Farmers’ Market

DSCF3894Visit the Pinwheel Farm booth at the Downtown Lawrence Farmer’s Market! Look for the green table cloths and white canopy near the north end of the east side of the west lane of the east lot. If that description is confusing…walk north from the portapotty. We’re on the right, second-to-last booth.

For the last several years, we’ve been sharing our booth space with Ayako Mizumura’s Bimi Bakery. Ayako used to have a personal garden space at Pinwheel, but her busy booming bakery has taken time away from gardening! Ayako makes a wide range of beautiful Japanese-style pastries using exotic ingredients such as matcha (green tea powder), red bean paste, chestnuts, dried cherry blossoms, sweet potatoes, and sake.

We’re there just about every Saturday morning from Opening Day (usually the second Saturday in April) until Closing Day (usually the last Saturday before Thanksgiving). Exception: Natalya will not be at the market on Closing Day of 2016.

MOVING FORWARD

Personal tragedies have taken several long-time volunteers away from Pinwheel Farm’s Farmer’s Market booth in the last few years. We miss them terribly because they were good friends whom we enjoyed spending time with each week. But we also miss their reliable help to operate the booth. Would you like to volunteer at the Pinwheel Farm booth on a weekly basis? Volunteers have typically earned a “market breakfast”, free produce from the booth, and discounts on meat and wool products.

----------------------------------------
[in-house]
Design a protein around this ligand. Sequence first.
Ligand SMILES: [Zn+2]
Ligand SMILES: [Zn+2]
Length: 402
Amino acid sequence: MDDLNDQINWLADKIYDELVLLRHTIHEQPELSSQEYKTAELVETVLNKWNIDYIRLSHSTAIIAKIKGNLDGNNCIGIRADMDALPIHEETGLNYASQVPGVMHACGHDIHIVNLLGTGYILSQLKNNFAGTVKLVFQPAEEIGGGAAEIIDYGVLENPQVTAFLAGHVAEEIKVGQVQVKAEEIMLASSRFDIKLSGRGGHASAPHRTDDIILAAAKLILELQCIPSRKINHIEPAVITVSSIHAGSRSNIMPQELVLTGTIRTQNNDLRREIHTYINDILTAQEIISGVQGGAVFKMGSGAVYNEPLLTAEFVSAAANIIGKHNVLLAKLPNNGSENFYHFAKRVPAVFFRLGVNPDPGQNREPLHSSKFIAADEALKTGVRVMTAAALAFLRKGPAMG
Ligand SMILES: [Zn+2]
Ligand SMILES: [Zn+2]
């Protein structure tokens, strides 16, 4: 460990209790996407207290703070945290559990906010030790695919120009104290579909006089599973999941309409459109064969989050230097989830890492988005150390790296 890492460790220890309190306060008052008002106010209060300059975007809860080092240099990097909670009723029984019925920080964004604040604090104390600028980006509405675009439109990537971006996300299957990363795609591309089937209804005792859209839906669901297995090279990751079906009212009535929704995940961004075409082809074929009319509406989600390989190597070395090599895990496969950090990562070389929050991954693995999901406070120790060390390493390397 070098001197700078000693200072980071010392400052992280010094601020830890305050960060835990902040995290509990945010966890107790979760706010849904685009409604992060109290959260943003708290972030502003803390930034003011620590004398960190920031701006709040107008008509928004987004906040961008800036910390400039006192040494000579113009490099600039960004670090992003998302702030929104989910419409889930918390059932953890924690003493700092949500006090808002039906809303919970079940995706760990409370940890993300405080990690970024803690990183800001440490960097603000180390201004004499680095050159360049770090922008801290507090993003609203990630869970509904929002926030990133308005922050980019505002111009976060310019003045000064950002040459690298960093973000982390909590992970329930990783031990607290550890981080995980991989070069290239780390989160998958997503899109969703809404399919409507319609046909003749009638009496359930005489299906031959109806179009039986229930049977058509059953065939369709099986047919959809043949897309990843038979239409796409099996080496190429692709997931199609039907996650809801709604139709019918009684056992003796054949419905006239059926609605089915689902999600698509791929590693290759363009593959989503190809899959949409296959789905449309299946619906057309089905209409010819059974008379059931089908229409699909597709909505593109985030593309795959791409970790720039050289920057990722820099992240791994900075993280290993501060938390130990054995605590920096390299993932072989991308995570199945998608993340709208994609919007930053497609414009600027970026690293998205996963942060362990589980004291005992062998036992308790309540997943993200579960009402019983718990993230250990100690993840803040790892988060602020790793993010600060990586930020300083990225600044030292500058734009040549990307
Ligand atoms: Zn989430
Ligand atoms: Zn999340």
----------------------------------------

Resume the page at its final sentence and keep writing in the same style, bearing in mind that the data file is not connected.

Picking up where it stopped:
Also, Pinwheel Farm has the potential to host a small neighborhood farmer’s market or on-farm retail store at the farm. It’s an ideal location–the adjacent North Lawrence neighborhood is classed as a “food desert” due to lack of a near-by grocery store. It’s accessible by bus or bicycle, and on foot. Many neighbors grow their own vegetables and eggs, but many don’t. A small, festive market could be a fun addition to our eclectic community, and provide a social gathering place.

Some form of on-farm retail area will be essential if/when Pinwheel resumes dairying, since Kansas law only allows raw milk to be sold at the farm where it is produced. Dairying would bring a lot of customers to a farm store, as it has in the past.

Our Douglas County agritourism registration specifically allows a farmer’s market including other producers; a site plan was approved several years ago, and driveway modifications were made to begin implementation of the site plan. However, one person just can’t do it all. Would you like to organize and manage a farm store or farmer’s market at Pinwheel?

 

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